Whether or not you choose to invest in a supplemental health insurance plan is up to you. The idea is not to wait until you have a health condition or you need a medical service not covered under the Government Heath Plan to inquire about a plan. You want it accessible at the time that you need it. When it comes down to it; health insurance plans are customizable to fit your needs and the needs of those who will have coverage with you.

What’s Covered? How to Use Medicare’s Website to Understand Original Medicare Coverage Better

Many people want to know how Original Medicare will cover a specific health condition, treatment, service, etc. Luckily for me, as an agent, and for you, as a Medicare beneficiary, the Medicare.gov website lets you easily search for this. For example, I am going to search how Original Medicare covers Kidney Dialysis. First, I go to medicare.gov. On the homepage, you will see a search field. This is where you can type the service you’d like more info on. Once I have typed Kidney dialysis, I hit “GO”, and within a few seconds, a list of services pops up, dialysis services and supplies being the first. I click on the link, and am led to a detailed summary of coverage. It discusses inpatient coverage versus outpatient, training for home dialysis, support services, equipment and supplies, and certain drugs for home dialysis that are covered under Original Medicare. In addition to a list of what is covered is a brief mentioning of what is not. Medicare does not pay for aides to assist with home treatment, any lost pay during self-dialysis training, a place to stay during your treatment, and blood or packed red blood cells for home self-dialysis unless part of a doctors’ service. The page then details how much Medicare will pay for the coverage offered, which in this case seems to be an 80/20 split for just about everything. This is where Medicare Supplements step in to help you with out-of-pocket costs. As you can see, with Original Medicare alongside a Supplement, your coverage will be quite comprehensive.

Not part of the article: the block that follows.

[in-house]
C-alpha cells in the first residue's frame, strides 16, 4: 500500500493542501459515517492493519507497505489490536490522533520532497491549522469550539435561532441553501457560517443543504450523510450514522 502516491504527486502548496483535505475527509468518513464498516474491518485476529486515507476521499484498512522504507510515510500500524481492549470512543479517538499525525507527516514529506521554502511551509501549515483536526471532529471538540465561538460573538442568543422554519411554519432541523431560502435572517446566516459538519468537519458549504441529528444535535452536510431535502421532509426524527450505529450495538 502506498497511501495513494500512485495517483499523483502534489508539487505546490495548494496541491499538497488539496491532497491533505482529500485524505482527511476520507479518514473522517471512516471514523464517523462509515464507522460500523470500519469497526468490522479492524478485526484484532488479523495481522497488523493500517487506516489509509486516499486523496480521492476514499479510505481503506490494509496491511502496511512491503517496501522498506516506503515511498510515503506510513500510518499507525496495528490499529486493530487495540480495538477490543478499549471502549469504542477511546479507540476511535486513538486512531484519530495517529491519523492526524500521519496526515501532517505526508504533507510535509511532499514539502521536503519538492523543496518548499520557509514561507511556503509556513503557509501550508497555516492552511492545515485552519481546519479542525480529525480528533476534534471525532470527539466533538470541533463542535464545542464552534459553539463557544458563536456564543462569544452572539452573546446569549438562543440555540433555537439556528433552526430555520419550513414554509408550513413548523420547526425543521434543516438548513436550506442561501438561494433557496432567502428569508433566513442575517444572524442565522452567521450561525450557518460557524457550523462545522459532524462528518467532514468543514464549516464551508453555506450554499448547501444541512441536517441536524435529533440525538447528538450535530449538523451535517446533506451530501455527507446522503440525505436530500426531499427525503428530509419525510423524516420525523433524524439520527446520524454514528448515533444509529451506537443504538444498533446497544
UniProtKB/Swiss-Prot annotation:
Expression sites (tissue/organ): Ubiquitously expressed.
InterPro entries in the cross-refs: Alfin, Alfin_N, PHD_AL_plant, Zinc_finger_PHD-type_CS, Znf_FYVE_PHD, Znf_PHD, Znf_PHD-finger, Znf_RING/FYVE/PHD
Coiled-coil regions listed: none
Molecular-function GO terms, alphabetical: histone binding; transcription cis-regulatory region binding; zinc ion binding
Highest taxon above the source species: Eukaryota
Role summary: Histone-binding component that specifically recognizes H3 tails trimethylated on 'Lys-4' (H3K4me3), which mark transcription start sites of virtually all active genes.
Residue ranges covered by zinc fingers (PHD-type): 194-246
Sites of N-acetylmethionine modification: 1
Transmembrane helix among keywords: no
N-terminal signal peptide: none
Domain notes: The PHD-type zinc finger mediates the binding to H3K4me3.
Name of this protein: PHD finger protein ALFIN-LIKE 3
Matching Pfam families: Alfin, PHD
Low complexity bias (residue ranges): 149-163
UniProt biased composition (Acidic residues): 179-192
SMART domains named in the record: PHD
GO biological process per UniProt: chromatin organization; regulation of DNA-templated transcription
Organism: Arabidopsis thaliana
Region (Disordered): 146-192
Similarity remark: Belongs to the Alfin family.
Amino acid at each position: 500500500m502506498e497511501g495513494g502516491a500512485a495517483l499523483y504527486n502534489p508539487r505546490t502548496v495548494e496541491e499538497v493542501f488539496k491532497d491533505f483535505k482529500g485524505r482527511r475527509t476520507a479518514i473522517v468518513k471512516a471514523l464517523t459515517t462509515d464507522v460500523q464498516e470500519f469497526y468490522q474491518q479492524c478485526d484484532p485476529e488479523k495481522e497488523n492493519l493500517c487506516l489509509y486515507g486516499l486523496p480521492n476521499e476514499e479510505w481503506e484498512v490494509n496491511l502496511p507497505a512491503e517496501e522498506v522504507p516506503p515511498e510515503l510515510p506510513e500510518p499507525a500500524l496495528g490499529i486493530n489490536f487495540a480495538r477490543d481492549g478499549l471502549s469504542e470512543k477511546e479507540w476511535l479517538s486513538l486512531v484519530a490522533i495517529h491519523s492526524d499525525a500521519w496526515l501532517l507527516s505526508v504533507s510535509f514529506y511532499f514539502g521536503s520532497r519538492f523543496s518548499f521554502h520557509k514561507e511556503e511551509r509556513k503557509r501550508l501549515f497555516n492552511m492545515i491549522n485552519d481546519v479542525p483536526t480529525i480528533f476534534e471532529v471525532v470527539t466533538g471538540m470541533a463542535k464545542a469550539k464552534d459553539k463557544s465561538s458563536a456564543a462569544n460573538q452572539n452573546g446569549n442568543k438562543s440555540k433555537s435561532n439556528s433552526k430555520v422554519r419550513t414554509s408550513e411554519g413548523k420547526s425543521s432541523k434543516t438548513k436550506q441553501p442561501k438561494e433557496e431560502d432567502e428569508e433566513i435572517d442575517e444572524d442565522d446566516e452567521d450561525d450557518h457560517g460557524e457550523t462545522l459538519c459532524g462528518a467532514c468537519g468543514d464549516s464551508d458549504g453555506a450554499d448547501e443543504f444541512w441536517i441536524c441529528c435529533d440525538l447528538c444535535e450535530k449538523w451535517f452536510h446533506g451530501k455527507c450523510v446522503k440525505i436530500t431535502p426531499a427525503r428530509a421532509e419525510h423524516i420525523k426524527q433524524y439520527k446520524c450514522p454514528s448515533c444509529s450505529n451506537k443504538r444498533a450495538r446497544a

Medicare.gov also explains, in broader terms, what Parts A and B cover. There is a link to “What Part A Covers” as well as a link to “What Part B Covers.” I truly love Medicare’s website, I think it is so well done, and I urge you to explore it more!